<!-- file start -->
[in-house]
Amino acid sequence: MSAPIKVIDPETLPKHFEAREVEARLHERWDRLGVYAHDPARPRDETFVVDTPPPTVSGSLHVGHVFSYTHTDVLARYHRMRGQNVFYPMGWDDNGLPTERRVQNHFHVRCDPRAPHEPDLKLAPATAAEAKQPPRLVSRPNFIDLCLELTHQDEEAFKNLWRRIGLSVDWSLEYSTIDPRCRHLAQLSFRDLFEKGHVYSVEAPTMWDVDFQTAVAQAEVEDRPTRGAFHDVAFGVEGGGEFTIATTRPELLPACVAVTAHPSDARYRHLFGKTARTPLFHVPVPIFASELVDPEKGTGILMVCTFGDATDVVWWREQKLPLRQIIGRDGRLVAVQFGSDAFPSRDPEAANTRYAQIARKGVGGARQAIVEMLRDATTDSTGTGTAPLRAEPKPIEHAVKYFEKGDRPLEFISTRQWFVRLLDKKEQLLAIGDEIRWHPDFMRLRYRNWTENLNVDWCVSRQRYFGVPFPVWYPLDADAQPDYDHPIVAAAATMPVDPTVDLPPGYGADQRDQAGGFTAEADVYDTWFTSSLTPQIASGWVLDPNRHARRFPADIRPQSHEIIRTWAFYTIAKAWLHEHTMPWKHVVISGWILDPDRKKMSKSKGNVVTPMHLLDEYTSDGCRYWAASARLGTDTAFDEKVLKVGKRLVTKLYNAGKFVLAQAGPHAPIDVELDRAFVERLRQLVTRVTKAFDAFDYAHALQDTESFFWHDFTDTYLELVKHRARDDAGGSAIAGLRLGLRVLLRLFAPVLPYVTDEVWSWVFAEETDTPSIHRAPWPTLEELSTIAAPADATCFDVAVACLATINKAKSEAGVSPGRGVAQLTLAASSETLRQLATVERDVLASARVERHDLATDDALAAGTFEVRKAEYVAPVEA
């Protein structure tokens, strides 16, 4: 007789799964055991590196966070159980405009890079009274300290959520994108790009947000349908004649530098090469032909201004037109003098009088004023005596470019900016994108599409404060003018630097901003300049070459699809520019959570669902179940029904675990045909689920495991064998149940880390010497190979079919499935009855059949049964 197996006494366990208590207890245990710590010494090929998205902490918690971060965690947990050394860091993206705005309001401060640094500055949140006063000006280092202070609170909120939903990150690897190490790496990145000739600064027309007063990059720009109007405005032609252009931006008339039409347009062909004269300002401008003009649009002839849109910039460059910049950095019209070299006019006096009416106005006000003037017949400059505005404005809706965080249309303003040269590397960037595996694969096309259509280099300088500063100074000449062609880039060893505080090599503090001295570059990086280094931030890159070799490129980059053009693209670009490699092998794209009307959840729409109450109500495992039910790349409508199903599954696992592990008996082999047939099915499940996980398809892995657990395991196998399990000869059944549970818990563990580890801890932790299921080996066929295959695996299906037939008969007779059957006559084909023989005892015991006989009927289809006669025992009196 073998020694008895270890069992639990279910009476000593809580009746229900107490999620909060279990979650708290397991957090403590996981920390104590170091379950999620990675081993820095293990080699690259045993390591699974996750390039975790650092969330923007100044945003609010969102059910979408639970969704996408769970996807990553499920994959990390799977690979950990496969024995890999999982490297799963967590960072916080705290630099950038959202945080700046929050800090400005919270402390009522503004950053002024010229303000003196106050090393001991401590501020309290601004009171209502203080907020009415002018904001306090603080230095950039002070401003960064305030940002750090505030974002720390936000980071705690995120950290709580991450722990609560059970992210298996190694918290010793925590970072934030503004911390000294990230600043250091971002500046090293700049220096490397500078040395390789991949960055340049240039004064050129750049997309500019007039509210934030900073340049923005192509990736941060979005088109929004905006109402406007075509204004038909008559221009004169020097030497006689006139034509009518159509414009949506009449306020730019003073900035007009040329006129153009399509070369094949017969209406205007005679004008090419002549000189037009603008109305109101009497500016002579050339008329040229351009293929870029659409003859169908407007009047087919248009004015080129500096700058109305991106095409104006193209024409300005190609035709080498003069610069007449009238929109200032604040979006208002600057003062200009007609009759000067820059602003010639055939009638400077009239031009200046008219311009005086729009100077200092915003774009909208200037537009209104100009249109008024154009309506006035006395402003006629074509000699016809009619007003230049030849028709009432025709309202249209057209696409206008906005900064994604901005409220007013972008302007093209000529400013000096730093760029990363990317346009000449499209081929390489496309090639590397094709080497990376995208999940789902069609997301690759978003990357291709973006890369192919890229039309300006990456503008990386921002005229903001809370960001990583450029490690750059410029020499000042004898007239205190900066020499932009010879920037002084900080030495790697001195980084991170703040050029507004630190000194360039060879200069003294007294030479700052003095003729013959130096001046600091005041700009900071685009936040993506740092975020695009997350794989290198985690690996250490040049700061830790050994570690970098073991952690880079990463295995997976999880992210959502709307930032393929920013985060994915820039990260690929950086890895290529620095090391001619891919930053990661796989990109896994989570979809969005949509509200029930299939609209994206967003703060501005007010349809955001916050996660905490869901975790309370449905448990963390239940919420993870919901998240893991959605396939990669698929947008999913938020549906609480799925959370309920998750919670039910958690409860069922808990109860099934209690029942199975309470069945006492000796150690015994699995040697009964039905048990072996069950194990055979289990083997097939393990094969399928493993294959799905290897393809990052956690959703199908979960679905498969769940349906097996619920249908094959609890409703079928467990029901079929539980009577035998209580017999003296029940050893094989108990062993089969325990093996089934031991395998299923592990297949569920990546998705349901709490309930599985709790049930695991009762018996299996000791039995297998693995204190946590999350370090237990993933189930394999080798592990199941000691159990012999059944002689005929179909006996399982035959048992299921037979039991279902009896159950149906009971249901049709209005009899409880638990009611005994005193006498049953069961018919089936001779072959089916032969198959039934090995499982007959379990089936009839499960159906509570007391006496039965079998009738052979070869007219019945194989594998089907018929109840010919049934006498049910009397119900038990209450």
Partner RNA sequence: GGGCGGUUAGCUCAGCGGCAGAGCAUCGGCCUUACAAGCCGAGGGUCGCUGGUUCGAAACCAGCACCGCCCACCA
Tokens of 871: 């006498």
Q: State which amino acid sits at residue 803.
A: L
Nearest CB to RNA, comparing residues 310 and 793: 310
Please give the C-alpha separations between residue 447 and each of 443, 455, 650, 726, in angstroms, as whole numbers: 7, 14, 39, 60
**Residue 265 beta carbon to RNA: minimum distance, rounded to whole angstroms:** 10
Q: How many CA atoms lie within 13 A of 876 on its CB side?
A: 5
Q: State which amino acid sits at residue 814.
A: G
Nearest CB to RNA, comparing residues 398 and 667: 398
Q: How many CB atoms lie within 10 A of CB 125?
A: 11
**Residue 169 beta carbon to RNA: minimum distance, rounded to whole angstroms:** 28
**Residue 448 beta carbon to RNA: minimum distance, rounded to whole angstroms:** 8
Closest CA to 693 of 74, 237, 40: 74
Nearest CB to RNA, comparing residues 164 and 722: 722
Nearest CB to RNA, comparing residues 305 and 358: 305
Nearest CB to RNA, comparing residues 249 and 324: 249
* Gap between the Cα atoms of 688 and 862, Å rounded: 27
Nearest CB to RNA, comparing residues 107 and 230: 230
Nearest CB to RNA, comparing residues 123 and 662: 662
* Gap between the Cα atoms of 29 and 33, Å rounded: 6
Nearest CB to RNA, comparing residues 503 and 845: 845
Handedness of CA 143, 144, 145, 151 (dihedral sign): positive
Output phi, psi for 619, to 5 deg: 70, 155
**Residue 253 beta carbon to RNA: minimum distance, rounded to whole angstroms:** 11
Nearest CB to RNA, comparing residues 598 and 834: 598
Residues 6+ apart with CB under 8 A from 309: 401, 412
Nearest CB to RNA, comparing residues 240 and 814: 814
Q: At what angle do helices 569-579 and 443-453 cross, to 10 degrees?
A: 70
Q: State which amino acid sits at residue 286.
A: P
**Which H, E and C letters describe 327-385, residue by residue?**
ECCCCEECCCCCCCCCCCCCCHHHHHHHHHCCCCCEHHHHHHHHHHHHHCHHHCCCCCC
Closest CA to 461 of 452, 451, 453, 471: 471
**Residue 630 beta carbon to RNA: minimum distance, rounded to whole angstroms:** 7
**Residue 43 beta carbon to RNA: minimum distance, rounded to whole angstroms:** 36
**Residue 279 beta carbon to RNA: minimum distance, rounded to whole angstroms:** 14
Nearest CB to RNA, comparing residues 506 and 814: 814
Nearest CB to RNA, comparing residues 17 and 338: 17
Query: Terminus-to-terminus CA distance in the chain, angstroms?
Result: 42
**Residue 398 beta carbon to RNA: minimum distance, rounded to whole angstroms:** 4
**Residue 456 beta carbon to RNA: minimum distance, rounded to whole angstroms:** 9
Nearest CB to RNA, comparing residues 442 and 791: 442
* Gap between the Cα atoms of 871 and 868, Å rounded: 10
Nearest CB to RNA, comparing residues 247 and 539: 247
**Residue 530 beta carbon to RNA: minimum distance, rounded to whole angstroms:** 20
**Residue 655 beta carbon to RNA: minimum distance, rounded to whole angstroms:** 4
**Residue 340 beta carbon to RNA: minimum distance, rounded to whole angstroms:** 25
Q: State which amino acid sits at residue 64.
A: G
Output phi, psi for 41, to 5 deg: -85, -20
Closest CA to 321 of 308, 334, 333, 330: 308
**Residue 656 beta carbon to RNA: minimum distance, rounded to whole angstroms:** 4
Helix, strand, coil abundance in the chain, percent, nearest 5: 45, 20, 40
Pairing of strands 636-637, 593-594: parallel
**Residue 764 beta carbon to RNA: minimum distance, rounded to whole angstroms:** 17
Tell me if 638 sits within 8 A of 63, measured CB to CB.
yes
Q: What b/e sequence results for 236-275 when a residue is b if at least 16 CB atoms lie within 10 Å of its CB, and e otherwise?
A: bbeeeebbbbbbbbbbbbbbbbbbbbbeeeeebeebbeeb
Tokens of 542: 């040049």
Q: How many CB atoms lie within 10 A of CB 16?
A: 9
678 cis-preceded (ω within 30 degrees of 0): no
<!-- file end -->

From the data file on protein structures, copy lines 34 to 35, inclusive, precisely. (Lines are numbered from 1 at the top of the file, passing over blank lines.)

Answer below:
Nearest CB to RNA, comparing residues 240 and 814: 814
Q: At what angle do helices 569-579 and 443-453 cross, to 10 degrees?